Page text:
2010 won't be remembered as the good old days in the SunFab department at Applied Materials.
SunFilm, an Applied customer based in Germany, has filed for insolvency in the district court in Dresden. The bankruptcy will affect 300 employees who had been on reduced shifts since the end of 2009. The current market conditions and fears that the feed-in tariff will be reduced by the German government by July 1 prompted investors to stop financial support, said SunFilm.
"By filing for insolvency we are aiming for a strategic realignment of the company with a new investor. Our high-performance products, the state-of-the-art production lines in combination with an above-average market- and growth potential of our technology and the competence of our employees form a very solid basis for this," said Wolfgang Heinze, chairman of the Executive Board of SunFilm, in a prepared statement. "We regret the current development and want to express our thanks for the support we have received so far. We will use all our efforts to lead the company into a successful future."
SunFilm was one of Applied's earliest customers. It adopted SunFab -- the factory-in-a-box for amorphous silicon from Applied -- in 2007, a year after Applied got into the solar market.
Actually, you could call this a problem for two customers. Last year, SunFilm bought Sontor, an Applied customer focusing on higher efficiency tandem-junction amorphous solar panels.
Two weeks ago we reported on rumors and speculation that Applied Materials might look to scale back or even sell its group that makes equipment for amorphous silicon solar panels. Applied declined to comment on the rumors and emphasized that the company will invest more into the amorphous market.
Despite Applied's protestations, we suggested that SunFab has a cost structure inferior to c-Si, CdTe or even CIGS, for that matter. We suggested that a reasonable business case could be made for AMAT to abandon the a-Si SunFab business entirely. The general manager and other execs in the department had recently left.
"Few a-Si manufacturers are currently in a position to compete with the incumbent [c-Si] heavyweights," wrote GTM Research analyst Shyam Mehta, who estimated that SunFab equipment can cost up to 30 percent more than standard equipment.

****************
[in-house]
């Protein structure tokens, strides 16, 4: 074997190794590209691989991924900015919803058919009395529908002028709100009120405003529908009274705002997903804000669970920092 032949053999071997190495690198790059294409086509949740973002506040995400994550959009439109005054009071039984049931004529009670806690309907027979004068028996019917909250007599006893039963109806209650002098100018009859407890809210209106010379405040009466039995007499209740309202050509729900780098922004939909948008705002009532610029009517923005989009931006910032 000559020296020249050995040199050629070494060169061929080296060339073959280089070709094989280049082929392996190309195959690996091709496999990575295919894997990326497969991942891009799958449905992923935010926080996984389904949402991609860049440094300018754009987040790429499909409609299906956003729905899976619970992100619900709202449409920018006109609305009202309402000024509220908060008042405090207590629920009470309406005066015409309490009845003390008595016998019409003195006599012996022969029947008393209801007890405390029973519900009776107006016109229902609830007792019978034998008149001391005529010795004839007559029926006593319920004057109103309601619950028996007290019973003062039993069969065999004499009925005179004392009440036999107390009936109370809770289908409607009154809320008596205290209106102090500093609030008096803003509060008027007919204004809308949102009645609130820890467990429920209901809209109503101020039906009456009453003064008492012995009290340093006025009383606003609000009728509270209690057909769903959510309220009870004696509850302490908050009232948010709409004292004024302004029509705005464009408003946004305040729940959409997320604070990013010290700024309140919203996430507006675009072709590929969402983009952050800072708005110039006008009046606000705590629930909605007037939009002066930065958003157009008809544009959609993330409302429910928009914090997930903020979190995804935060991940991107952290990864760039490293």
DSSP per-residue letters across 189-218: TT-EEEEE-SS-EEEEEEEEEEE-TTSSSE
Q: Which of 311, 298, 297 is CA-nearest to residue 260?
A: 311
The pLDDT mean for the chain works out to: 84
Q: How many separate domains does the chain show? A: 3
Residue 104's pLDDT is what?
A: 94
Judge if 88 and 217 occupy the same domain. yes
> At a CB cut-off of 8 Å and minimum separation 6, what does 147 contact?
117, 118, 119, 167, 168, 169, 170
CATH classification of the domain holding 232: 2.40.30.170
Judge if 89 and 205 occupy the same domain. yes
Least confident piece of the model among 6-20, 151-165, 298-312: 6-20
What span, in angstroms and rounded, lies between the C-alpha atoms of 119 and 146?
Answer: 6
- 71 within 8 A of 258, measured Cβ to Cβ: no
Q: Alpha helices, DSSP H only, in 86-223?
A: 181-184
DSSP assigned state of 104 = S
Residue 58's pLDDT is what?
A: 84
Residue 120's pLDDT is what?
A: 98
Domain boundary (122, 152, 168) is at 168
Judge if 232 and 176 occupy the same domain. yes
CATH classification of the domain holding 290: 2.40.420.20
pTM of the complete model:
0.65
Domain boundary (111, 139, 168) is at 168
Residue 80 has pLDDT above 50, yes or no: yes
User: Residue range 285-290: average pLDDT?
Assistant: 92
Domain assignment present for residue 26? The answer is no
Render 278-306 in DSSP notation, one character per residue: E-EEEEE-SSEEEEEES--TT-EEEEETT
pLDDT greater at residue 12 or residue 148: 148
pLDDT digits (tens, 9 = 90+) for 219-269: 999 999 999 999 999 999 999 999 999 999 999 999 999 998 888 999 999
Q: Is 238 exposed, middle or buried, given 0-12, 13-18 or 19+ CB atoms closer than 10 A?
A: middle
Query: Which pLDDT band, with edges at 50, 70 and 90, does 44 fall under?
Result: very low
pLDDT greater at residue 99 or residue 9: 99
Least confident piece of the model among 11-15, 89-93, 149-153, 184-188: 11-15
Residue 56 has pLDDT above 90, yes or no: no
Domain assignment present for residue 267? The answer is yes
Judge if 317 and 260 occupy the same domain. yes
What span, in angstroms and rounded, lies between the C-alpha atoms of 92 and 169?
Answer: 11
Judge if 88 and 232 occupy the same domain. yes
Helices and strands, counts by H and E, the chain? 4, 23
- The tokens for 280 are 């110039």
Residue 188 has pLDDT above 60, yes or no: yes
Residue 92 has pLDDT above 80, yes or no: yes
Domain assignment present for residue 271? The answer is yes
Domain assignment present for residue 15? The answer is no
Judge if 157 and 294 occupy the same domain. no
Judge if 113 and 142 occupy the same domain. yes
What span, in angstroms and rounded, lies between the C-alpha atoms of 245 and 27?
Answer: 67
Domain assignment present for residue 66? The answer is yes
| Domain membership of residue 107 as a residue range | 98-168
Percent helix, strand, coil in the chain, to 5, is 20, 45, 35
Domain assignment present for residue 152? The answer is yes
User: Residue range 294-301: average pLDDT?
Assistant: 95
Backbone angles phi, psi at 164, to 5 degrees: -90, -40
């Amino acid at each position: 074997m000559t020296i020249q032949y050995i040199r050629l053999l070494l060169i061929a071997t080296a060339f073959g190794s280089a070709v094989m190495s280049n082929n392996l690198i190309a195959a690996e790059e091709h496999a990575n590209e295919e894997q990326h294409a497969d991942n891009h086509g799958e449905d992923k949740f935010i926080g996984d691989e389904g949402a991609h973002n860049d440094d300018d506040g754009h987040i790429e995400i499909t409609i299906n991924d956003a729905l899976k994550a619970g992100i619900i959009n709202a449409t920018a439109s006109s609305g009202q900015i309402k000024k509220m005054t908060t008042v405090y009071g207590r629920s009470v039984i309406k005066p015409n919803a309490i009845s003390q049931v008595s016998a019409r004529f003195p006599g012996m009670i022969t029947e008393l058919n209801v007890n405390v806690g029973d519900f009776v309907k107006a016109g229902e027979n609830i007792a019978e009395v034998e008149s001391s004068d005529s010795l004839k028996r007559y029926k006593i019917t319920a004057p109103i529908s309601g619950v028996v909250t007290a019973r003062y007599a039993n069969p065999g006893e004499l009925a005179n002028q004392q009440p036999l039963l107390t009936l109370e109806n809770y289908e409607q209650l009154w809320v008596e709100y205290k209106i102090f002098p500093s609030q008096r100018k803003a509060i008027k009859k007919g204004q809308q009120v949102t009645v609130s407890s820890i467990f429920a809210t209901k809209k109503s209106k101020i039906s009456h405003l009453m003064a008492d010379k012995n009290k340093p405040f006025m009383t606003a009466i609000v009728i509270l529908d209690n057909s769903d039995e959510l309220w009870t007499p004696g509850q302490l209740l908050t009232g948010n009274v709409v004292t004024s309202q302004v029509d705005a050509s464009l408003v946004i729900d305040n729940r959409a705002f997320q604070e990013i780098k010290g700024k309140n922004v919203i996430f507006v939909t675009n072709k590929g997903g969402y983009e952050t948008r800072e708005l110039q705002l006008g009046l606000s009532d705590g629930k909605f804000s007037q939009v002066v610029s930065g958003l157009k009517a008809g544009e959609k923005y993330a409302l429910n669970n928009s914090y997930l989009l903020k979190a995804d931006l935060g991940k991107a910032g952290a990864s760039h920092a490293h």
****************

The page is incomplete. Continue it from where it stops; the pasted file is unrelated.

By contrast, Applied's crystalline silicon business is growing, Applied says.
Analysts at Goldman Sachs attributed a rise in Applied's stock to rumors that the company might actually scale back on SunFab.
"We believe that solar will be a key area of focus, with investors looking for management to be more open minded about its strategy in thin-film given the business's continued operating losses. We note that there has been some speculation in the press (Greentech Media) several weeks ago about Applied exiting the solar business, which we believe has been one of the drivers behind the recent upward move in the stock (shares are up +8% in two weeks). In our view, with the shares already up 8% heading into the analyst meeting, it will be difficult for the stock to outperform coming out of the event unless management is willing to express some open mindedness about exiting the thin-film solar business," Goldman wrote.
Then, at its analyst meeting on March 30, Applied said it would reduce investment in SunFab, according to EETimes.
''Applied finally admitted that its thin film business lacks competitiveness, and is reducing spending in this area. Clearly, this is a positive step," said Edwin Mok, analyst with Needham & Co.